Ikebana International (I.I.) is a worldwide, nonprofit organization dedicated to the promotion and appreciation of ikebana,
The members are people from various parts of the world, brought together through their mutual love of nature and enjoyment of ikebana.
We welcome you to join us!
Floral materials are provided by the chapter for all participants who pre-register by the Sunday before the meeting. Ikebana International members pay $15.00 and guests pay $20.00. Registrants are responsible for their floral costs whether they attend the meeting or not. Note: Ikebana International is a separate organization from Matthaei with a separate membership. Materials that class participants need to provide include:
Do you want to learn or practice your skills in creating Ikebana?
On October 21st the Ann Arbor Ikebana Chapter 183 is having our first inside chapter meeting
1:00 pm to 2:30 pm at Matthaei Botanical Gardens.
The workshop will feature a fall basket arrangement and will be led by Leslie Ronsinski, Master - Sogetsu School.
Registrations need to be received by Monday, October 18th. Workshop fee: $15.00 Ikebana Members; $20.00 guests COVID regulations include completing a screening either electronicallly or at the door and wearing a mask at all times inside the building. We strongly encourage all attendees to be fully vaccinated.
We had our September meeting in October on zoom and it was enthusiastically received! Leslie Rosinski from the Sogetsu School of Ikebana taught us a lesson on creating fall Morimono arrangements using natural objects found in nature and fruits and vegetables. She created three arrangements. This was followed by a slide show narrated by Liz Larwa. She shared photos from a demonstration and workshop she recently attended in Washington, DC featuring Naohiro Kasuya, the lemoto of the Ichiyo School of Ikebana.
At our August Ann Arbor Chapter meeting , Terre Voegeli taught a class in creating an Ichiyo style arrangement using just gladioli. There were many beautiful colors to choose from. . Many thanks to Janet Torno for hosting our meeting.
We had a wonderful chapter meeting last week and once again were blessed with beautiful weather. It is so soothing and peaceful to be in nature when we are creating arrangements. Terre Voegeli our wonderful treasurer and newly minted teacher in the Ichiyo school taught a class in a Three View Form using hosta leaves and flowers from our gardens. Many thanks to Janet Torno for hosting our meeting.
We had a wonderful chapter meeting yesterday at the home of one of our members. Gathering together and doing Ikebana outdoors in such a beautiful setting by the lake was exquisite! Liz Larwa, our fearless chapter president made a very successful debut as a newly minted instructor in the Ichiyo School of Ikebana. She and Terri had gather quite a bit of materials for us to choose from. We used loose weave round placemats as the containers with repurposed tuna fish cans, etc. to hold the kenzans in place to create free style arrangements. It was really fun to see all the varied and beautiful arrangements that were created. We followed our class with a short organizational meeting and enjoyed lunch together. Thank you to our host and to everyone who participated in and helped with this event.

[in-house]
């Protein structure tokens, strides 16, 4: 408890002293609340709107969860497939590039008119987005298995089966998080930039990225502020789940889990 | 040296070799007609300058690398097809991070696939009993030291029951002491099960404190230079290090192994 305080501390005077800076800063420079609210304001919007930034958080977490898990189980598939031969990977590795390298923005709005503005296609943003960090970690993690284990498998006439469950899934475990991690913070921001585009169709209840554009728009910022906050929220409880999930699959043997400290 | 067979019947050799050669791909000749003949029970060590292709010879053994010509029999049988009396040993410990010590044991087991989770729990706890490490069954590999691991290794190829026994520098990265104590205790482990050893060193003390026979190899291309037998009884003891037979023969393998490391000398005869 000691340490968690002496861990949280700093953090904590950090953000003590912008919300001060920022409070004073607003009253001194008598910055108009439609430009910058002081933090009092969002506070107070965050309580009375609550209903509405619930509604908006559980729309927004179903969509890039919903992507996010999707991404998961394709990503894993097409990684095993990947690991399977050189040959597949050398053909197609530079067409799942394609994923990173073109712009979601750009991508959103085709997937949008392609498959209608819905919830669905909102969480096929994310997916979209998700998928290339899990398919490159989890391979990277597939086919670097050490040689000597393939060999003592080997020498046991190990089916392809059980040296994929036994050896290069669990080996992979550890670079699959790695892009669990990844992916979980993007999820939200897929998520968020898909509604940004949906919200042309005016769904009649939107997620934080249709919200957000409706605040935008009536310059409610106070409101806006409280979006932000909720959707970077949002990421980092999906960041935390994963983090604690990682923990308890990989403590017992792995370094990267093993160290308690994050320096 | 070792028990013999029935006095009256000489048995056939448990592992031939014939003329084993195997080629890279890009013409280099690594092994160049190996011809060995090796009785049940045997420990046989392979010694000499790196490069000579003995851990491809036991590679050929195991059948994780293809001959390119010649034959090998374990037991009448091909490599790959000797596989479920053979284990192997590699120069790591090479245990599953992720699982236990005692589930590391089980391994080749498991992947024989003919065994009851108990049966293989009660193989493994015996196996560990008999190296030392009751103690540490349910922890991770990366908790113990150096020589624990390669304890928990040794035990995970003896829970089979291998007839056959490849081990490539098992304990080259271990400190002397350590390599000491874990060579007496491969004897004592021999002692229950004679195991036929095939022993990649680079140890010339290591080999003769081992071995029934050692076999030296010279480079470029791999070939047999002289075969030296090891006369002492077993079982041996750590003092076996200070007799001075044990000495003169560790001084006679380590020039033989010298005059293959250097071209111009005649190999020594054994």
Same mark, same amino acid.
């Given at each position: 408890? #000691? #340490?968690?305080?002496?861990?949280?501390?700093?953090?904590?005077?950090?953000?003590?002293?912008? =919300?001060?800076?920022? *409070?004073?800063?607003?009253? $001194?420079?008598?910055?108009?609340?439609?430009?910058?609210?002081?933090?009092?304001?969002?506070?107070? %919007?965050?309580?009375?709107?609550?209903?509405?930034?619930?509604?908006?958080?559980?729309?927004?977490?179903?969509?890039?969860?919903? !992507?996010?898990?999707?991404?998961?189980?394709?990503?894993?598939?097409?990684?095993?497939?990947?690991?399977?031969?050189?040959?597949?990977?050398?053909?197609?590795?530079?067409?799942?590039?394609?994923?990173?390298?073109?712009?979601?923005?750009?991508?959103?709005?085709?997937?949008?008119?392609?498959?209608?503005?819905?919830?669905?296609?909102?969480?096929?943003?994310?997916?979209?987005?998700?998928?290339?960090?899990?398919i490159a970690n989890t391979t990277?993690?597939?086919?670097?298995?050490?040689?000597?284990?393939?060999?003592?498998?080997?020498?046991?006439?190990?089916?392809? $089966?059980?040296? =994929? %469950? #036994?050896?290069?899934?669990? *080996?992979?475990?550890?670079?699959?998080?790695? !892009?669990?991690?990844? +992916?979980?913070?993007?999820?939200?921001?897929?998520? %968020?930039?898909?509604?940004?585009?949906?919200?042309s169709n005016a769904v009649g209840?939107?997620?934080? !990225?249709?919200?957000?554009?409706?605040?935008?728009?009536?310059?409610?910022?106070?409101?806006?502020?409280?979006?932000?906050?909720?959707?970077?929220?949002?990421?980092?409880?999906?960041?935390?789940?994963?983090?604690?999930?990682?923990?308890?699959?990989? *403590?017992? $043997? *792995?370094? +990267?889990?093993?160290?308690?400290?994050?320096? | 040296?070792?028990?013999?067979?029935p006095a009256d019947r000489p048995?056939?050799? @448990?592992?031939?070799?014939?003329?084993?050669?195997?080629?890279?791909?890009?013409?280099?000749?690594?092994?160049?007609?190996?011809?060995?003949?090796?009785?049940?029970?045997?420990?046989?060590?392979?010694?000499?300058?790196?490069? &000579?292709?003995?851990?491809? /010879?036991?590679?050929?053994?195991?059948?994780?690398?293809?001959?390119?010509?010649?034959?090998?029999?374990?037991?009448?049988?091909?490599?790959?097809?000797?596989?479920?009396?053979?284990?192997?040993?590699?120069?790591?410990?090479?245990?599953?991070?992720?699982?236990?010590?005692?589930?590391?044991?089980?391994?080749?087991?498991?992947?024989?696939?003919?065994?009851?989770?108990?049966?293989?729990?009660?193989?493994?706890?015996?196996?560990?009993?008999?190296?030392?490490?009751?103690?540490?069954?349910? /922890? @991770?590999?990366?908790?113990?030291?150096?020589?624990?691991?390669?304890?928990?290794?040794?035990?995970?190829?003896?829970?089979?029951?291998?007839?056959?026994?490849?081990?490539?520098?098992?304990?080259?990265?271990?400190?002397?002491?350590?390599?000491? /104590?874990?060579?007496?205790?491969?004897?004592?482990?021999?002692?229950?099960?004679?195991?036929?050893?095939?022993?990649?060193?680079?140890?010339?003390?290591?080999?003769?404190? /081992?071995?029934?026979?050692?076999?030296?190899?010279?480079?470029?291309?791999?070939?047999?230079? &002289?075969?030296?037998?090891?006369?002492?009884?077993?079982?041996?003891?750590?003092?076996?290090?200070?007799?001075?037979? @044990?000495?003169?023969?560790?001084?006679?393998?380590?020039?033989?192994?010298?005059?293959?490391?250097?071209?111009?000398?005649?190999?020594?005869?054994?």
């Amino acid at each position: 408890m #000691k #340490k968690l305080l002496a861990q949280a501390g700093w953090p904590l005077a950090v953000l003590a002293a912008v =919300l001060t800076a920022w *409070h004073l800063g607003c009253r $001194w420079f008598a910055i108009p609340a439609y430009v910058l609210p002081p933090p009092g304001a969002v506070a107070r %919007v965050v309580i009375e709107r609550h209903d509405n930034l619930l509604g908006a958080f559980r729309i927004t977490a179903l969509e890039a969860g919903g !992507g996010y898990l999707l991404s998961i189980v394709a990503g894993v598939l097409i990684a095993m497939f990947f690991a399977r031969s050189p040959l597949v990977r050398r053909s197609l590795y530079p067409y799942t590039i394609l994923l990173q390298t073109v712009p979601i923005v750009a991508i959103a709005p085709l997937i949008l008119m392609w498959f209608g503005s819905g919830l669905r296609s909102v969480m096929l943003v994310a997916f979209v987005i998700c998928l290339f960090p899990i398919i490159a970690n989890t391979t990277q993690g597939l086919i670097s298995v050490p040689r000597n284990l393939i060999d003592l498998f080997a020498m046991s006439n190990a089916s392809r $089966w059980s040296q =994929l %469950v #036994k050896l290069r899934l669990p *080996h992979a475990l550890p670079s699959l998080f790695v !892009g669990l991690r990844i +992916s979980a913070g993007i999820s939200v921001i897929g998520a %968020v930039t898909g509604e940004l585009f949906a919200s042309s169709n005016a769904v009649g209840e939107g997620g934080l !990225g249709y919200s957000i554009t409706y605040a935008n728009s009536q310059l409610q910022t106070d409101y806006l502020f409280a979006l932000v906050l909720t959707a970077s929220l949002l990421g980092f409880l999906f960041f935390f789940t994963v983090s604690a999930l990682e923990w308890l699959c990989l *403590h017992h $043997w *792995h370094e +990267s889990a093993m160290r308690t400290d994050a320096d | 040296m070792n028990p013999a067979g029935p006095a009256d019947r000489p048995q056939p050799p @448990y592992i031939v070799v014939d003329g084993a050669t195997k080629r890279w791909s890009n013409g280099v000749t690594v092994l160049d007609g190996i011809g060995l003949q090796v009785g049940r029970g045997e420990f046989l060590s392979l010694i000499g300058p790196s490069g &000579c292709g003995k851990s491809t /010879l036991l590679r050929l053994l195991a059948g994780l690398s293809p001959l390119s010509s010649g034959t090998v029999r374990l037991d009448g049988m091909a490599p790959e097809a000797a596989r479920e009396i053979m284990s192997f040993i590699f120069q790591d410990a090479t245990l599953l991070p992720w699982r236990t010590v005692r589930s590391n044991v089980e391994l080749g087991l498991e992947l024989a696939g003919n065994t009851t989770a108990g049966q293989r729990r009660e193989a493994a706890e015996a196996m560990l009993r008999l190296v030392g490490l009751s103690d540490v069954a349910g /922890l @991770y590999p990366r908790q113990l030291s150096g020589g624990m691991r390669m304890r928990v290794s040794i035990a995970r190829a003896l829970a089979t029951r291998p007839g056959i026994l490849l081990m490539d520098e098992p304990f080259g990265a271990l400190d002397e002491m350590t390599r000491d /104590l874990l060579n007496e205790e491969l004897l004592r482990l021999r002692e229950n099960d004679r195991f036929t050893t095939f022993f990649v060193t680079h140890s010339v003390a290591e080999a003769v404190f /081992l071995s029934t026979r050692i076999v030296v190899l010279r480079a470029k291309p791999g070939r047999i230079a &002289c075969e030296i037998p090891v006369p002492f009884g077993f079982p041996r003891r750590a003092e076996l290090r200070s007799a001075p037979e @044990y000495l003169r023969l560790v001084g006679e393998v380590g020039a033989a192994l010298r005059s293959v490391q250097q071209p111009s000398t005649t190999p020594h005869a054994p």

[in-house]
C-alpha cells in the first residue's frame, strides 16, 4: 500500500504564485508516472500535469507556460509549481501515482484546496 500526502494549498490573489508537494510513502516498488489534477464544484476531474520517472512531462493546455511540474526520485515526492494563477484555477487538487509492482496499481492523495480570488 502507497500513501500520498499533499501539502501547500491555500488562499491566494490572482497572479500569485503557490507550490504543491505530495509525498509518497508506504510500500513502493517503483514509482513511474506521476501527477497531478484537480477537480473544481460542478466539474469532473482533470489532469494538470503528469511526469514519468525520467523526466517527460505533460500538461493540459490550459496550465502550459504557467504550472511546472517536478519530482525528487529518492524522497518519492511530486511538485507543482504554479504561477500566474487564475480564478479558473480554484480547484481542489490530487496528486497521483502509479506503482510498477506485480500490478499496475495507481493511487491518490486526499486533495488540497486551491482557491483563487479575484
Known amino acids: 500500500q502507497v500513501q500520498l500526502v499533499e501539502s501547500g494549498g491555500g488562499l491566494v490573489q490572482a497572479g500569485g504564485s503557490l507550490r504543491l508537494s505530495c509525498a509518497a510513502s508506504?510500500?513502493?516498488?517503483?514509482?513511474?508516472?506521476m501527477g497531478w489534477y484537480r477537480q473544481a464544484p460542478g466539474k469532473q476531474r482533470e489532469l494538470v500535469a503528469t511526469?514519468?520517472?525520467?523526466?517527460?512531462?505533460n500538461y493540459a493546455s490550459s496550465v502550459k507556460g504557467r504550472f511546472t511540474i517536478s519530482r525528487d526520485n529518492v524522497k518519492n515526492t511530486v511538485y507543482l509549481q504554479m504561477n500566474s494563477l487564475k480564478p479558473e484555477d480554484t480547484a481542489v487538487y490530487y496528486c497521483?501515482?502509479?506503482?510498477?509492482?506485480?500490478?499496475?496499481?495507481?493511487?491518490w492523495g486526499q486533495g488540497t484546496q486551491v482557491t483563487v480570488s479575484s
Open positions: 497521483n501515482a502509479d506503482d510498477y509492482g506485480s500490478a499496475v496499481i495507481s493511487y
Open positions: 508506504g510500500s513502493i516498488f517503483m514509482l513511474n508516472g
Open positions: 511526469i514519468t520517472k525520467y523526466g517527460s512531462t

Our May meetings were held via zoom: This month we watching a very interesting Japanese cultural video "One Hundred Years of Kimono Changes and Continuity from the Edo Period to the Present Day" by Paul MacLardy, proprietor of Arise Bazaar and co-author of Kimono-Vanishing Traditions. He presented rare kimono and discuss the meaning, weaving and surface finishing of kimono in the context of strict rules governing kimono production. He illuminated the ingenious ways those rules were bent during the Edo period. There were examples of kimono ware from the simple yukata to formal court costumes. Paul highlighted the changes made when Japan became a more open society allowing "common" people to start wearing kimono and the ingenious ways kimono producers meet this new demand, at affordable prices. We also viewed the arrangements submitted for our April Challenge.
Tuesday May 18th at 7pm EST
Thursday May 20th at 2pm EST
April meetings were held via zoom: This month the featured demonstration was by Valerie Eccleston titled "Ichiyo Shiki Ikebana:The Free Style of Flowers".
Valerie is an Executive Master, which is the Ichiyo School’s highest rank held outside of Japan. Ikebana is nature and it is said the the whole universe is contained in a single flower. Flowers become even more beautiful when cut and arranged in a natural and reverential way. When harmony is attained between the arranger and the material, the arrangement hopefully becomes a reflection of oneself. In this demonstration it is Valerie's privilege to endeavor to convey the beauty of Ichiyo Ikebana and her personal connection with nature and the materials she chose.
Tuesday April 13th at 7pm EST
Thursday April 15th at 2:00pm EST
March meetings were held via zoom: A video presentation by Stephanie English "Still Changing after all These Years". was featured.